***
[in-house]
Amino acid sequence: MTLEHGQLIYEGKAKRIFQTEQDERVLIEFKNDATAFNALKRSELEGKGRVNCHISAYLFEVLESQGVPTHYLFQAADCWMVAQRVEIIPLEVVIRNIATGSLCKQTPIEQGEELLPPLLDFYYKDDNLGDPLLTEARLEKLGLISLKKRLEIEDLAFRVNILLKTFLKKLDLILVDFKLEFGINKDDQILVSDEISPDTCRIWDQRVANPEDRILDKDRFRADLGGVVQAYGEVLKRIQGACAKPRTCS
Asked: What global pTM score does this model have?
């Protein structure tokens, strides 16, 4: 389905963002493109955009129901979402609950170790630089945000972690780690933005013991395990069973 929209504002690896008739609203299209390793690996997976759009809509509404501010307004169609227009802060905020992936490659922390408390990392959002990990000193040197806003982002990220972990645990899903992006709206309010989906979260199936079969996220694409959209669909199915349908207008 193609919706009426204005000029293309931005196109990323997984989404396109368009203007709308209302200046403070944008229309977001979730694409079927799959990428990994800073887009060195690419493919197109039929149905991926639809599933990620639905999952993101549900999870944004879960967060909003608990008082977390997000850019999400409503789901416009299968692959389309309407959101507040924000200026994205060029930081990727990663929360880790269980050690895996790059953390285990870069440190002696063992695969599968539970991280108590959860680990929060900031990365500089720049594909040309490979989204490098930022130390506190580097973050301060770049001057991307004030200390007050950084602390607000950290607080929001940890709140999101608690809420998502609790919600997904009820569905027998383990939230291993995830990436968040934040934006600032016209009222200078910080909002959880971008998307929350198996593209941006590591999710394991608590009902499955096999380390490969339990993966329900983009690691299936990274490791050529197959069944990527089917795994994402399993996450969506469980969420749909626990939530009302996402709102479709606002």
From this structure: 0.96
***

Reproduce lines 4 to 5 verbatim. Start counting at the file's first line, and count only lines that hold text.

């Protein structure tokens, strides 16, 4: 389905963002493109955009129901979402609950170790630089945000972690780690933005013991395990069973 929209504002690896008739609203299209390793690996997976759009809509509404501010307004169609227009802060905020992936490659922390408390990392959002990990000193040197806003982002990220972990645990899903992006709206309010989906979260199936079969996220694409959209669909199915349908207008 193609919706009426204005000029293309931005196109990323997984989404396109368009203007709308209302200046403070944008229309977001979730694409079927799959990428990994800073887009060195690419493919197109039929149905991926639809599933990620639905999952993101549900999870944004879960967060909003608990008082977390997000850019999400409503789901416009299968692959389309309407959101507040924000200026994205060029930081990727990663929360880790269980050690895996790059953390285990870069440190002696063992695969599968539970991280108590959860680990929060900031990365500089720049594909040309490979989204490098930022130390506190580097973050301060770049001057991307004030200390007050950084602390607000950290607080929001940890709140999101608690809420998502609790919600997904009820569905027998383990939230291993995830990436968040934040934006600032016209009222200078910080909002959880971008998307929350198996593209941006590591999710394991608590009902499955096999380390490969339990993966329900983009690691299936990274490791050529197959069944990527089917795994994402399993996450969506469980969420749909626990939530009302996402709102479709606002």
From this structure: 0.96